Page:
[¶24] Harvesting rockweed—which the parties stipulated is a plant—is

not a form of “fishing.” See Small v. Wallace, 124 Me. 365, 367, 129 A. 444

(1925) (stating that a landowner’s right to fish “arises not out of their

ownership of the soil but from [the landowner’s] right to share in the common

right of fishery reserved to the public”). The two types of ventures are

qualitatively different from each other.

[¶25] In cases involving the public’s rights within the intertidal zone, we

have viewed the concept of “fishing” broadly. We have not imposed limitations

based on the fishery or the method used for fishing, see Moulton v. Libbey,

37 Me. 472, 489-90 (1854), and we have recognized the public’s right to use the

intertidal zone to dig for shellfish, see Leavitt, 105 Me. at 79-81, 72 A. 875;

Moulton, 37 Me. at 493-94, and bloodworms, see State v. Lemar, 147 Me. 405,

409, 87 A.2d 886 (1952). See also State v. Norton, 335 A.2d 607, 610 (Me. 1975)

(recognizing the State’s authority to regulate the harvest of shellfish by the


[¶26] Nonetheless, even a “sympathetically generous and broad

interpretation of the public’s rights”—something that “is not . . . without limits,”

McGarvey, 2011 ME 97, ¶ 69, 28 A.3d 620 (Levy, J., concurring)—cannot

transform the harvesting of a marine plant into “fishing.” Cf. Moore v. Griffin,

22 Me. 350, 356 (1843) (holding that the taking of mussel-bed manure does not

fall within the public trust rights);9 Marshall v. Walker, 93 Me. 532, 537,

45 A. 497 (1900) (stating that the public “may not take shells or mussel manure

or deposit scrapings of snow upon the ice over [the intertidal land]”).

[¶27] Rockweed is biologically dissimilar from fish, lobster, clams,

oysters, and bloodworms—it draws nutrients from the air and seawater using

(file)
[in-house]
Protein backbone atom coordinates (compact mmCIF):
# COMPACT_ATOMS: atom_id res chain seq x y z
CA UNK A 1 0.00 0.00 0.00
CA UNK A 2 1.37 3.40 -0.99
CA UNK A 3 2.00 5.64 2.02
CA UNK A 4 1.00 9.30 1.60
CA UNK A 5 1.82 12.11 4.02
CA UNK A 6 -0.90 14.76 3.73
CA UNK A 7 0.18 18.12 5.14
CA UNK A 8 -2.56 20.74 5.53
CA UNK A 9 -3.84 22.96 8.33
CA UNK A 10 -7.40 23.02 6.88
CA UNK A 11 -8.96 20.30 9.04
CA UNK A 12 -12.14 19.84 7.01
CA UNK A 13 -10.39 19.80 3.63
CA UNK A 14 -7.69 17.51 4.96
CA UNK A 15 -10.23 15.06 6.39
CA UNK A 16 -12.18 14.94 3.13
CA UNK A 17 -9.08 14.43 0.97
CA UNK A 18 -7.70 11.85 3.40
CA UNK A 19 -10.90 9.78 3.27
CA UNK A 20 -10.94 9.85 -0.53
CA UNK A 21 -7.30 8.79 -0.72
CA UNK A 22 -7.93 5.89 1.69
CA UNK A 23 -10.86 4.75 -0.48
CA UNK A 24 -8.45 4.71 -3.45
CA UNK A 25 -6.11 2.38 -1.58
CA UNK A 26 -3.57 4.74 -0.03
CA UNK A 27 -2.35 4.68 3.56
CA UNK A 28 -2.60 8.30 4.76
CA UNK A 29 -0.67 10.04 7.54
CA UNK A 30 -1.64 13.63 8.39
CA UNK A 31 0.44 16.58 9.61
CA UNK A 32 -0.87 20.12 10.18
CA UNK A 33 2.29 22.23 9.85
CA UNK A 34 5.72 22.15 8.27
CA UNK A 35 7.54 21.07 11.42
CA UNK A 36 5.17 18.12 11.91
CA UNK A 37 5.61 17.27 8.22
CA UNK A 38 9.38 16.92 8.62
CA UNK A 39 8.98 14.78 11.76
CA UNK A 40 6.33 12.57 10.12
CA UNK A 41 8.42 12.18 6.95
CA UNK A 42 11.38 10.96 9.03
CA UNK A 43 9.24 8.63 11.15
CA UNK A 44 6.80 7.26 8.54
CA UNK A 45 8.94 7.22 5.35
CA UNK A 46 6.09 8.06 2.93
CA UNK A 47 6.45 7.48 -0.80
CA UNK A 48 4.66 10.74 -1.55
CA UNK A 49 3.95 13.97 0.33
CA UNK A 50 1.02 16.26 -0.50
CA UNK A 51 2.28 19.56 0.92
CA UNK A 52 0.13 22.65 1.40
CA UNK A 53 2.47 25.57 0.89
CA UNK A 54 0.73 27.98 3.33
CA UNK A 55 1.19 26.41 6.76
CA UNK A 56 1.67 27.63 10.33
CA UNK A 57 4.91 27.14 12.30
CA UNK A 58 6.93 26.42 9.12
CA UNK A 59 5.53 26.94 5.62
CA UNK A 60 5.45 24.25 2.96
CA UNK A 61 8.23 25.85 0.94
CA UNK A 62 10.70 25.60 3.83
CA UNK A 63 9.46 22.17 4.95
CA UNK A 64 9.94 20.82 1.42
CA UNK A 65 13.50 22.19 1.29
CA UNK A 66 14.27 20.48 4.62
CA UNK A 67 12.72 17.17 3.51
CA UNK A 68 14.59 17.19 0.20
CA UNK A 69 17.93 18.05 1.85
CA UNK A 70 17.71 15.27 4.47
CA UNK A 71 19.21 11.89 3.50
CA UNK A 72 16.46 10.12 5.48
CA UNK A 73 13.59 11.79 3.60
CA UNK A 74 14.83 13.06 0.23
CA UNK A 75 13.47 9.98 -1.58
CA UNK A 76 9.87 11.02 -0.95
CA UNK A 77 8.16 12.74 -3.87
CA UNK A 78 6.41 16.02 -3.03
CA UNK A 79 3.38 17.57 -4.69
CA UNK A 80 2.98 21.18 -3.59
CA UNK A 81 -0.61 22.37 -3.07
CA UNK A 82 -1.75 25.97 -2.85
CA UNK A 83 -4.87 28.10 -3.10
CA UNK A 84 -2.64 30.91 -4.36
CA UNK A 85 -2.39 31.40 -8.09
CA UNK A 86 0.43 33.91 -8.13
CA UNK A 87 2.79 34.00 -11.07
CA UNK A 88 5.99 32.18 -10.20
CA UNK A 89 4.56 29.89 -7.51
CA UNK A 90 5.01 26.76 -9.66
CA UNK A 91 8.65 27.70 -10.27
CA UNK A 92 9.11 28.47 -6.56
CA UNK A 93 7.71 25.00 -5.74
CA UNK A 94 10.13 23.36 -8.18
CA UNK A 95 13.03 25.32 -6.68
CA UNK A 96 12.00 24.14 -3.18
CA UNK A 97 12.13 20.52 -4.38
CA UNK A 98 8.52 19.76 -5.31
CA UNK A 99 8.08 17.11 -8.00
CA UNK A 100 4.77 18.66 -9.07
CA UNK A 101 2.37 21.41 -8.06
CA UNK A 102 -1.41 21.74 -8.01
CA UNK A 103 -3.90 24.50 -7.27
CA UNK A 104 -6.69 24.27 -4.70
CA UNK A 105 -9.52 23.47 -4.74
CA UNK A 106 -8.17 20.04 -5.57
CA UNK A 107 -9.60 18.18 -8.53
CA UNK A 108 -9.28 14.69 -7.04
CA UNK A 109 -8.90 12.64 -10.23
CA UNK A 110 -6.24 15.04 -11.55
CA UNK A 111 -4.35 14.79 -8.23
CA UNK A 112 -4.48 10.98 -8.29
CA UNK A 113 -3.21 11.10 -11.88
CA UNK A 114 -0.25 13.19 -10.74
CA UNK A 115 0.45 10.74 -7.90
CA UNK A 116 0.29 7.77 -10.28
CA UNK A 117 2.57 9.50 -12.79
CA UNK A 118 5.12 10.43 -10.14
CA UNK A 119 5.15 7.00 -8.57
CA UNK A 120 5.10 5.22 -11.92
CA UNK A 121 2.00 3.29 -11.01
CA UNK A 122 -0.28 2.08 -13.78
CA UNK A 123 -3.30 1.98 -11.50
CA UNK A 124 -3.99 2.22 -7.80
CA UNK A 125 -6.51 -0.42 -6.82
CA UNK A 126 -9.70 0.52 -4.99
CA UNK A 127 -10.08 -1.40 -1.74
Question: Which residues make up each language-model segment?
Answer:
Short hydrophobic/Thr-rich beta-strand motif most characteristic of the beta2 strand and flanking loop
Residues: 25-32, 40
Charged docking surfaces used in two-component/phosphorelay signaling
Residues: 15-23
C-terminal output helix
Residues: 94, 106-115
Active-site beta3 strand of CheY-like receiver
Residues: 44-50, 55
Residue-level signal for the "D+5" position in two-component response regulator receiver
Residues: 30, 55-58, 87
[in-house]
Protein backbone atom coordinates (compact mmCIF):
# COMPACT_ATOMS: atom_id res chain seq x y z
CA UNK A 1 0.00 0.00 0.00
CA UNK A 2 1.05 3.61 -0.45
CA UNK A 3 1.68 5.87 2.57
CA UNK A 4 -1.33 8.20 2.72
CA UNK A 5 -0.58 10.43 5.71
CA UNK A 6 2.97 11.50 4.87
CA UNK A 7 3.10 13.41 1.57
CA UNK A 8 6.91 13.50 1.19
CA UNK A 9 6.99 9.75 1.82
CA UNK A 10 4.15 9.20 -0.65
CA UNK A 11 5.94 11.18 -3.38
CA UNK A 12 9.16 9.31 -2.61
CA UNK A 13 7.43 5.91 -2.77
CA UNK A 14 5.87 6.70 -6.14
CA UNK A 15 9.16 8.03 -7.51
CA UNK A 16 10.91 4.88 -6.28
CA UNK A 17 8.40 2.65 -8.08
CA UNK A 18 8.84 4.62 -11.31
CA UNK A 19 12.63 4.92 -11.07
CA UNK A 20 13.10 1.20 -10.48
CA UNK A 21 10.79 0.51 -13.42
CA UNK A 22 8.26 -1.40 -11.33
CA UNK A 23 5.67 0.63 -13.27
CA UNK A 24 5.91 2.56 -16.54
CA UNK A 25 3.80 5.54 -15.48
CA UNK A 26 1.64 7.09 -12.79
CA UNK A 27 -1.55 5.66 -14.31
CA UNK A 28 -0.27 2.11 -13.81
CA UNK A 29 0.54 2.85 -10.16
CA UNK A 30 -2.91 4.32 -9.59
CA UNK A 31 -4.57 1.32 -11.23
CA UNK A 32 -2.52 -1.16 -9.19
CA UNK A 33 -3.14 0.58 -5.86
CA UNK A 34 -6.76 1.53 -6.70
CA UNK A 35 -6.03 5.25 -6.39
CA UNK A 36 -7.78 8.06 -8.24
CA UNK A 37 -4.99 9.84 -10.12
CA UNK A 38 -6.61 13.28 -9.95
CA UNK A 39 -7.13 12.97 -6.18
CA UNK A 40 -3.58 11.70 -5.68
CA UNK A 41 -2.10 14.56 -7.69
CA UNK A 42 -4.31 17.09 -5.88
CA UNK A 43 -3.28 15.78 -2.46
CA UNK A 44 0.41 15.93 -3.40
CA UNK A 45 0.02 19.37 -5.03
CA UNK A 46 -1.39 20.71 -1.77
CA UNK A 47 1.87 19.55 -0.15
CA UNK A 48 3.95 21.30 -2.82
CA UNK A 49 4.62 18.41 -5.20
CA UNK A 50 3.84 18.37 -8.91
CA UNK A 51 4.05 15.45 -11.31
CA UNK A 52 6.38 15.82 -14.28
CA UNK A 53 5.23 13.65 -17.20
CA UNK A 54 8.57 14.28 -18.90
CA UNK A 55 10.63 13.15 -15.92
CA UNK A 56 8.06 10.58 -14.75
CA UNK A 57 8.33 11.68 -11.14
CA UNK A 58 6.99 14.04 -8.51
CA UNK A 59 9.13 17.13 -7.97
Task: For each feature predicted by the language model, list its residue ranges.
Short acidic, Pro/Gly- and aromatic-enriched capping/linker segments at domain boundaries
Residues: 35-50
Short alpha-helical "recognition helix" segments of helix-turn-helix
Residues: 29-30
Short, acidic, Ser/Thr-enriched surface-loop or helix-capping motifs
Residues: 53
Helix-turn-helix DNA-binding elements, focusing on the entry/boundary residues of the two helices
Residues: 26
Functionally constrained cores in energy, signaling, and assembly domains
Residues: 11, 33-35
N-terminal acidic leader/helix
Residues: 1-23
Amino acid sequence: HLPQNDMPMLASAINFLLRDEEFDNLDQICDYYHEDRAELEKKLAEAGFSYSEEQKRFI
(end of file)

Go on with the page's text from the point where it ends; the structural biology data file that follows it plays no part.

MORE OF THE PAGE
a photosynthetic process and, once attached to the intertidal substrate, does

not move. See Moulton, 37 Me. at 489-90 (stating that “the general term

‘piscaria,’ or its equivalent, is used as including all fisheries, without any regard

to their distinctive character, or to the method of taking the fish” and giving

examples of regulated “fisheries” to include oyster, lobster, salmon, herring,

and pilchard (second emphasis added)). After arguing in its brief that “seaweed

is a marine organism, not a terrestrial plant,” at oral argument Acadian

acknowledged that there is no legal distinction between plants growing in the

soil in the intertidal zone and those growing on the rocks in that same area. The

9 Mussel-bed manure comprises shells mixed with the soil. See Opinion of Justices, 313 N.E.2d 561,

567 (Mass. 1974) (stating that mussel mud consists of “living and dead shell fish . . . and the soil or
clay in which they were found” (alteration in original) (quoting Porter v. Shehan, 73 Mass. 435, 436
(1856)); E.H. Jenkins & John Phillips Street, Manure from the Sea, 194 Conn. Agric. Experiment Station
1, 11 (1917) (referring to “marine mud” as “mud taken from flats at low tide or cast up on the shore
of an inlet . . . [and i]n some places vast quantities of small shells, ground fine by the waves, are cast
up with the mud”).

fundamental dissimilarities between the harvesting of fish and of rockweed as

a marine plant demonstrate that Acadian is not in the business of “fishing.”10

10 The parties have addressed two of our opinions that make reference to intertidal seaweed. For

differing reasons, we find neither to be dispositive.

The earlier of the two opinions, which was issued more than 150 years ago, states that “seaweed